Border Gateway Protocol (BGP) is the routing protocol of the internet, used to exchange routing and reachability information among autonomous systems (a collection of networks under a single administrative domain) on the internet.
Internet Service Providers (ISPs) are required to have an officially registered autonomous system number (ASN). These numbers are important because they uniquely identify each network on the internet. A unique autonomous system number is allocated to each autonomous system (AS) for use in BGP routing. This allows network operators (such as ISPs) across the world to exchange routing information with other network operators. BGP is an important concept to grasp if you work for an ISP or a large company that is connected to two or more ISPs. You can use this AS information lookup tool to find out the AS number for your ISP.
BGP differs from other popular routing protocols such as RIP, OSPF, and EIGRP. Those three routing protocols have one thing in common: they are all classified as Interior Gateway Protocol (IGP), and focus on finding the shortest path (either in terms of hop count, cost, or delay) to destinations. We only use them within autonomous systems but not for networks as large as the internet, because they lack the required scalability. When it comes to routing through the internet or routing between different autonomous systems, being able to manipulate traffic paths is far more important than finding the shortest path. This is where the External Gateway Protocol (EGP) comes into play. There is only one EGP in use on the internet today – BGP. If for instance, you wanted to know the path internet traffic from say New Zealand takes to get to someone in Western Europe or North America, it’s possible to see it using a BGP Looking Glass (routers that have public view access to the internet routing table).
Unlike IGPs, BGP utilizes a set of attributes to determine the best path for each destination. These attributes can be subdivided into four distinct categories. The table below is a summary of the various subdivisions:
Supported by all implementations of BGP, and are always included in every BGP update
Supported by all BGP implementations, and are optionally included in BGP updates
May not be supported by all implementations of BGP. Transitive indicates that a non-compliant BGP router will forward the unsupported attribute unchanged when sending updates to peers.
May not be supported by all implementations of BGP. Non-Transitive indicates that a non-compliant BGP router will strip out the unsupported attribute when sending updates to peers.
Table 1.0 The four distinct categories of BGP attributes
In this article, we’ll explain how BGP selects the best path to destinations based on a list of attributes.
BGP Best Path Selection Algorithm
BGP path selection is done through the best path algorithm. If BGP contains multiple routes to the same destination, it successively analyzes or compares them to determine which path is the most efficient to take. The attributes are compared in the specific order shown in the table below.
The Attribute Prefers...
the path with the highest weight. The default value is 0 for all routes not originated by the local router.
the path with the highest local preference. The default value is 100.
the path that the local router originated.
AS path length
the path with the shortest AS path length.
the lowest origin code.
the path with the lowest MED.
eBGP path over iBGP path
eBGP (external BGP) over iBGP (internal BGP) paths.
Shortest IGP path to BGP next-hop
the path within the AS with the lowest IGP metric to the BGP next hop.
the path that was received first.
the path with the lowest BGP neighbor router ID.
Neighbor IP address
the path with the lowest neighbor IP address.
Table 2.0 BGP best path selection algorithm
Which path does the BGP take? Well, it starts with the Weight attribute which is at the very top of the BGP attributes list as shown in Table 2.0 above. If one path has a better weight, the BGP selects that path as the best path. If the weight is equal, it moves down to the next attribute Local Preference. If one path has a better local preference, it selects that path as the best path. If the local preference is equal, it moves down to the next attribute on the list, until we have a tiebreaker to select the best path. If all paths have the same BGP attributes, then we end up with the last attribute Neighbor IP Address. We will go through each attribute in detail.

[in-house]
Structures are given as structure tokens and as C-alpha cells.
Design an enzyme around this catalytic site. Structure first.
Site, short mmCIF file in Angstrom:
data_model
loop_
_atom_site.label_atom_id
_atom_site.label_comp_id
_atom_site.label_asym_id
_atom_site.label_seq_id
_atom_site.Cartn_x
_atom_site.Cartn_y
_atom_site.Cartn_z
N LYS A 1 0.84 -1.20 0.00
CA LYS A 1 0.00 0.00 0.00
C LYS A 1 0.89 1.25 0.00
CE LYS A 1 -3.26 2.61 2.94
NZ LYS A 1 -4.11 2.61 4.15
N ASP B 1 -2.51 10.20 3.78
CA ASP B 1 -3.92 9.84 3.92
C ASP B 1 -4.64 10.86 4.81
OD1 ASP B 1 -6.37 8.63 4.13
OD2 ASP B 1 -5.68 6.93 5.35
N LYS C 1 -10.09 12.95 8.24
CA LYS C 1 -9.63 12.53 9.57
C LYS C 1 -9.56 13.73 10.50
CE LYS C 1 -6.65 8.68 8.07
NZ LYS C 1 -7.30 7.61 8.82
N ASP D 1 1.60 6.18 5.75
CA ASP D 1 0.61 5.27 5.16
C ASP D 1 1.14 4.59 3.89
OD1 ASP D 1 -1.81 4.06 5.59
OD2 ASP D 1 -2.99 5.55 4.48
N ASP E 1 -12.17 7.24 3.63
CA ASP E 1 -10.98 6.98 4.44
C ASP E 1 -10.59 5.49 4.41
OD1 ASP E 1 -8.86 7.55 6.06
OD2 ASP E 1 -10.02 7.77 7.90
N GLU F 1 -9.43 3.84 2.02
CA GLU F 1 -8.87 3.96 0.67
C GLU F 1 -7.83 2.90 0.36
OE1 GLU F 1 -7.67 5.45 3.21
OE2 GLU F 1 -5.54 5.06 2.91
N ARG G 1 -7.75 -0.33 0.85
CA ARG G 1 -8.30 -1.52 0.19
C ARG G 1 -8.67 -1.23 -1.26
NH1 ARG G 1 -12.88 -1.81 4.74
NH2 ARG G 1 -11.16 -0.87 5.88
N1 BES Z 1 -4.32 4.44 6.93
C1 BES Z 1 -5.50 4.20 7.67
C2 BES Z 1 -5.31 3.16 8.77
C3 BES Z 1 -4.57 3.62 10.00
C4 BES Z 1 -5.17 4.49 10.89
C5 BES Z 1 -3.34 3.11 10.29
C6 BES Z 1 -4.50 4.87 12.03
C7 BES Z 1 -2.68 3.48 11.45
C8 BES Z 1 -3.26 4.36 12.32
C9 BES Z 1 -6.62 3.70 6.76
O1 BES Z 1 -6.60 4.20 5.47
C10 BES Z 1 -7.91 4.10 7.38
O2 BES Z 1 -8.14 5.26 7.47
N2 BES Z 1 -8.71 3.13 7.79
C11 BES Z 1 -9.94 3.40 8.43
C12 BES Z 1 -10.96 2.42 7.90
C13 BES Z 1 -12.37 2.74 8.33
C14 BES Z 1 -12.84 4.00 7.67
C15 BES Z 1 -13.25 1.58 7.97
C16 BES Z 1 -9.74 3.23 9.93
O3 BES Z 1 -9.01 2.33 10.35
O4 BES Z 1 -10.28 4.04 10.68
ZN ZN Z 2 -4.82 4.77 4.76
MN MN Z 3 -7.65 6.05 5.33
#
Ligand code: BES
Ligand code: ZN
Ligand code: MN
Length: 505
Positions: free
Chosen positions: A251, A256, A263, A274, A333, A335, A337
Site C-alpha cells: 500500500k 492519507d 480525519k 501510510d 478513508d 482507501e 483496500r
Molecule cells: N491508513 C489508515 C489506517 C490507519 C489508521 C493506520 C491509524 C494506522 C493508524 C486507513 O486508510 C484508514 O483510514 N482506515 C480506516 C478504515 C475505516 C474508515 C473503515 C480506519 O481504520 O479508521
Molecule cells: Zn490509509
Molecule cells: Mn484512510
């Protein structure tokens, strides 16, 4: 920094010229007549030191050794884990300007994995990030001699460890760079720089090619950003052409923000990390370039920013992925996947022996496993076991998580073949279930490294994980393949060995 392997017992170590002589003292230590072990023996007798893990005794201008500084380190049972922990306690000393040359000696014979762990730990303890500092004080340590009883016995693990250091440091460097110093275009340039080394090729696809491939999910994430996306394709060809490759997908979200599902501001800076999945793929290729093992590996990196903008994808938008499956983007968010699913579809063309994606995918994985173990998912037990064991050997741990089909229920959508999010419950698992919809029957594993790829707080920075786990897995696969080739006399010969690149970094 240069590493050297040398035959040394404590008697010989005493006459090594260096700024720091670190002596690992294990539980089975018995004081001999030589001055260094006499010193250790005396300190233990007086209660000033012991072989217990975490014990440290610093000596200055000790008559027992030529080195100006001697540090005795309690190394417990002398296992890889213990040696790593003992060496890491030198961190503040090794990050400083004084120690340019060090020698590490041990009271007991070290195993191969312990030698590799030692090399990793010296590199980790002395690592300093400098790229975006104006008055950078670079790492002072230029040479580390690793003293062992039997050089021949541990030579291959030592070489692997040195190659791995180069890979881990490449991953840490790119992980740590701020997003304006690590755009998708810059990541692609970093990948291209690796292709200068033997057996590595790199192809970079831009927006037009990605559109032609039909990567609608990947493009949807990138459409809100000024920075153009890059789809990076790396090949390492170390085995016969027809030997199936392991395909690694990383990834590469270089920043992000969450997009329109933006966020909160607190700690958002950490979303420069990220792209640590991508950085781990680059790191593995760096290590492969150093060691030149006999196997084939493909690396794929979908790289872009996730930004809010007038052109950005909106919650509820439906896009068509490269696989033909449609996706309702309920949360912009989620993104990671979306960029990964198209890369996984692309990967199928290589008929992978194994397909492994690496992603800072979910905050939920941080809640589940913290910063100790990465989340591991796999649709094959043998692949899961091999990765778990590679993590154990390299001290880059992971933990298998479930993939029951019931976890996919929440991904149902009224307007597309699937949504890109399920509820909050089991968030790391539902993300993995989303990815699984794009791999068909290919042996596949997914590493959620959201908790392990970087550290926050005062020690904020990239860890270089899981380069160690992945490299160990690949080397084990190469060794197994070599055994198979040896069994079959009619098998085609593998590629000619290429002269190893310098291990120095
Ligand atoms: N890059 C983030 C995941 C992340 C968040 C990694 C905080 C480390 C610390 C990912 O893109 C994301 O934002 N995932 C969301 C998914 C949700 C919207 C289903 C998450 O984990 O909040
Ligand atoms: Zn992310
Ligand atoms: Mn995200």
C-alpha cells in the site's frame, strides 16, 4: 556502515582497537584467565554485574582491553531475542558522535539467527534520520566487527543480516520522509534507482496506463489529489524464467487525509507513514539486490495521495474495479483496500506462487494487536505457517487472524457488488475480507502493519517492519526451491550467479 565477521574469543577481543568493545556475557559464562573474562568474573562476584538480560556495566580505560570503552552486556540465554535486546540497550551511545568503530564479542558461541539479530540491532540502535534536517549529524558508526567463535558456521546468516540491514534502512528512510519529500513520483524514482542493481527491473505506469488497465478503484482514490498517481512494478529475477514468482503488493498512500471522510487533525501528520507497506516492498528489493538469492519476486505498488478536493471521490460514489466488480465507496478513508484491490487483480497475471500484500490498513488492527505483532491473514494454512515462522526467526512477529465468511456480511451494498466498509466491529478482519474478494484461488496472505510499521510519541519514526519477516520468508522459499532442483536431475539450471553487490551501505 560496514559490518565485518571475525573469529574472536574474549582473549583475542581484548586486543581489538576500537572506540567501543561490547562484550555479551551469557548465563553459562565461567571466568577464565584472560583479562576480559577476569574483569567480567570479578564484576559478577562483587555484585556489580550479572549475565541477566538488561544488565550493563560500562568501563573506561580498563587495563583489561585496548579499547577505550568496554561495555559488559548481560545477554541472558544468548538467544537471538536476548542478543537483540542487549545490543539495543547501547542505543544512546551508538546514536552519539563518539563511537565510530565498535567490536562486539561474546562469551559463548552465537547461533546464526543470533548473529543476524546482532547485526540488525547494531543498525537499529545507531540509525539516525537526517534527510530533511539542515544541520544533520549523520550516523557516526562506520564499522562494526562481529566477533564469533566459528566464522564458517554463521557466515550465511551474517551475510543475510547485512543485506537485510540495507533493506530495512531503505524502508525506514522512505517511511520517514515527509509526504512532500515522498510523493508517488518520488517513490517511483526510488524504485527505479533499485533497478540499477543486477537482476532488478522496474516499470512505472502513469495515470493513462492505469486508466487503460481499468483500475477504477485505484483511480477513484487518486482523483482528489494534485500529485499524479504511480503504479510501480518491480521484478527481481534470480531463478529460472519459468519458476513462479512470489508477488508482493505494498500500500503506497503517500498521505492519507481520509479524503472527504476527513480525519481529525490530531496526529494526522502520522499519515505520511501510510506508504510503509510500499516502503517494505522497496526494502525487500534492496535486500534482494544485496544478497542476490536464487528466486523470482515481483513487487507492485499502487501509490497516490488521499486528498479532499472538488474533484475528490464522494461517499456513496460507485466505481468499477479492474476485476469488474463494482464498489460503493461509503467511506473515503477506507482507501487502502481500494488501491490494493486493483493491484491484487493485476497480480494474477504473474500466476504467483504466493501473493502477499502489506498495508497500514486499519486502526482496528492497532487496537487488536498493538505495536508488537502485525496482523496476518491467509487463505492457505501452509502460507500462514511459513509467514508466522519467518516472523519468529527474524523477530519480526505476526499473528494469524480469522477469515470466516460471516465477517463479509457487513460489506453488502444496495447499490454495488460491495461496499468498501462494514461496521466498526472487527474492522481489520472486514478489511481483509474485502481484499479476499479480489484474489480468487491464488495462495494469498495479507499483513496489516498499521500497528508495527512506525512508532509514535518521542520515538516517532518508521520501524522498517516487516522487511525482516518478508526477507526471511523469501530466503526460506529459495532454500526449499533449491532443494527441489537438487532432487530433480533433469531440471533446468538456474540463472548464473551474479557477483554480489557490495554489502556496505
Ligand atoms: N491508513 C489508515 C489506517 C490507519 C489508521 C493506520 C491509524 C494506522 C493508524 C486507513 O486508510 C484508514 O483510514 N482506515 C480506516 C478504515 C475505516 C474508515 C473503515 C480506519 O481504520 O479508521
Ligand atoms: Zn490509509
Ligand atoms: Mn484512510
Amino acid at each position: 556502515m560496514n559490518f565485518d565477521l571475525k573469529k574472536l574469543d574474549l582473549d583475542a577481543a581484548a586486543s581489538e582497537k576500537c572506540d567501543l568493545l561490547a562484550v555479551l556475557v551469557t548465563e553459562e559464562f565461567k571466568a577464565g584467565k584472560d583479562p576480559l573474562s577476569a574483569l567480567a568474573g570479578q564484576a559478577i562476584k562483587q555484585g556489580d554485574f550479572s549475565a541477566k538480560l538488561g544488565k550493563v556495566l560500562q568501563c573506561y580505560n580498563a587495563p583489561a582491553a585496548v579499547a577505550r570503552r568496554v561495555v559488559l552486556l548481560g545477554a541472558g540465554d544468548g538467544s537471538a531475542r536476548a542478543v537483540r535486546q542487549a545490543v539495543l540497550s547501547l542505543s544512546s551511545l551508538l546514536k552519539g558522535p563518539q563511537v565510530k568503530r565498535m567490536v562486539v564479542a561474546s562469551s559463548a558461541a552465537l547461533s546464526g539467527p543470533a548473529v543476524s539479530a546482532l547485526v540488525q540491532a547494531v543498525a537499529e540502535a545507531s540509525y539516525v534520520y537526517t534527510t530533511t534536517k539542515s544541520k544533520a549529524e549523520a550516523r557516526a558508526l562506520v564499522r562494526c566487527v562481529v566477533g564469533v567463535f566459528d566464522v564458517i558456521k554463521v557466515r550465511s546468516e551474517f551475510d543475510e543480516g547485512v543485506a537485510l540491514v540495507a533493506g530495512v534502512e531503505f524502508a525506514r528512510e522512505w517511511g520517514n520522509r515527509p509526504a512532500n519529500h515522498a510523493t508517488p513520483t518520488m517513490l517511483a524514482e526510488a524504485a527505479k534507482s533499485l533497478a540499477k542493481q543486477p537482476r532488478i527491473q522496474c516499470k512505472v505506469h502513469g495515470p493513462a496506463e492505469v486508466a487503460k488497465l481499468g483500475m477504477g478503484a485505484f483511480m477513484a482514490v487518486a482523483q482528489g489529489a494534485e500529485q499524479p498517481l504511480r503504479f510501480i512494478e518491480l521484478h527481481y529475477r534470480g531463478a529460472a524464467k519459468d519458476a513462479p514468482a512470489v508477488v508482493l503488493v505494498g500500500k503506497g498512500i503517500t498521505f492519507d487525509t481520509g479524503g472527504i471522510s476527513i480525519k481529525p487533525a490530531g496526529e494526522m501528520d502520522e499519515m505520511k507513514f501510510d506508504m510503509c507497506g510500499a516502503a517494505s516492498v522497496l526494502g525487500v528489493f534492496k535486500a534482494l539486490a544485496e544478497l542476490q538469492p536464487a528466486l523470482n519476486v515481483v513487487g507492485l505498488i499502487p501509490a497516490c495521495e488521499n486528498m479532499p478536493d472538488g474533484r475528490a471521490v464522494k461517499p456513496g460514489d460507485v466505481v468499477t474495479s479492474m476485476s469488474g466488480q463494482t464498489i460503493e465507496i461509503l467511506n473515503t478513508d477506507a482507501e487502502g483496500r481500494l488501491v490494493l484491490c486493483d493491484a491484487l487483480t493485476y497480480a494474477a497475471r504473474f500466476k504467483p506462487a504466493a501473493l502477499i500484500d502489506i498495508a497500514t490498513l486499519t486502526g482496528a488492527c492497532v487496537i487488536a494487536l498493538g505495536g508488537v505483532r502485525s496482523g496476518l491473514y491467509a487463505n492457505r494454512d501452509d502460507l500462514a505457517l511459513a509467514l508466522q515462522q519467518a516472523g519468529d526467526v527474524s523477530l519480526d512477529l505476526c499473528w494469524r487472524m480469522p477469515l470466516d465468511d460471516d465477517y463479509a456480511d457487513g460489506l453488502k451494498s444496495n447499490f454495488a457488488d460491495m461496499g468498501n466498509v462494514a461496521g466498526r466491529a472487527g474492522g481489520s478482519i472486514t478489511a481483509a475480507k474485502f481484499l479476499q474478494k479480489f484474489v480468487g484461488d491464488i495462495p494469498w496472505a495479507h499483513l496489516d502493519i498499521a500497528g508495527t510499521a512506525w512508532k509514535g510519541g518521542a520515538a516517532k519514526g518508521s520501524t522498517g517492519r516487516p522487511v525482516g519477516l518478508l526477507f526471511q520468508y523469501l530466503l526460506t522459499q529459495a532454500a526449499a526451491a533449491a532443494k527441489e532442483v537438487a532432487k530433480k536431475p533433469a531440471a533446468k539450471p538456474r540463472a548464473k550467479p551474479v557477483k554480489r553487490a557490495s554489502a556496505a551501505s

Weight: The BGP attribute Weight is the first on the list in terms of the order priority. The Weight attribute is applied to inbound routes, where decisions about the best exit (outbound) path are made. Here are the key points you need to know about Weight:
- Weight is a Cisco-proprietary attribute, therefore other router vendors don’t support it
- It’s not passed between BGP neighbors
- It’s only locally significant on the router
- The path with the highest weight is preferred
A route originating on the local router will be assigned a weight of 32768, by default. All other routes will be assigned a weight of 0, by default. Using the diagram in Figure 1.0, you can define a weight value for all routes advertised from a specific neighbor using the following command:
LOS_Router(config)# router bgp 500 LOS_Router(config)# neighbor 10.10.1.2 weight 200
Local Preference: The BGP attribute Local Preference is the second on the list in terms of the order priority; and it can be used to inform internal BGP routers how to exit the AS if multiple paths exist. It is applied to inbound external routes, where decisions about the best exit (outbound) path for an autonomous system are made. Here are some key points you need to know about Local Preference:
- Local preference is sent to all internal BGP routers in your AS when sending updates
- It’s not passed between external BGP neighbors
- Local preference is a well-known discretionary BGP attribute, therefore it must be recognized by all BGP routers
- Its presence in a BGP update is optional
- The default value is 100
- The path with the highest local preference is preferred
Local Preference is a 32-bit number ranging from 0 to 4294967295. Using the diagram in Figure 1.0, you can define a Local Preference value for all inbound external routes, on a global basis for BGP using the following command:
NYC_Router(config)# router bgp 500 NYC_Router(config-router)# bgp default local-preference 200 ATL_Router(config)# router bgp 500 ATL_Router(config-router)# bgp default local-preference 300
The implication of the above configuration is that NYC_Router and ATL_Router will include the Local Preference attribute in updates to internal BGP neighbors. Because ATL_Router is the path with the highest local preference, LOS_Router and NYC_Router will now prefer it as the route to reach any destination outside the local AS.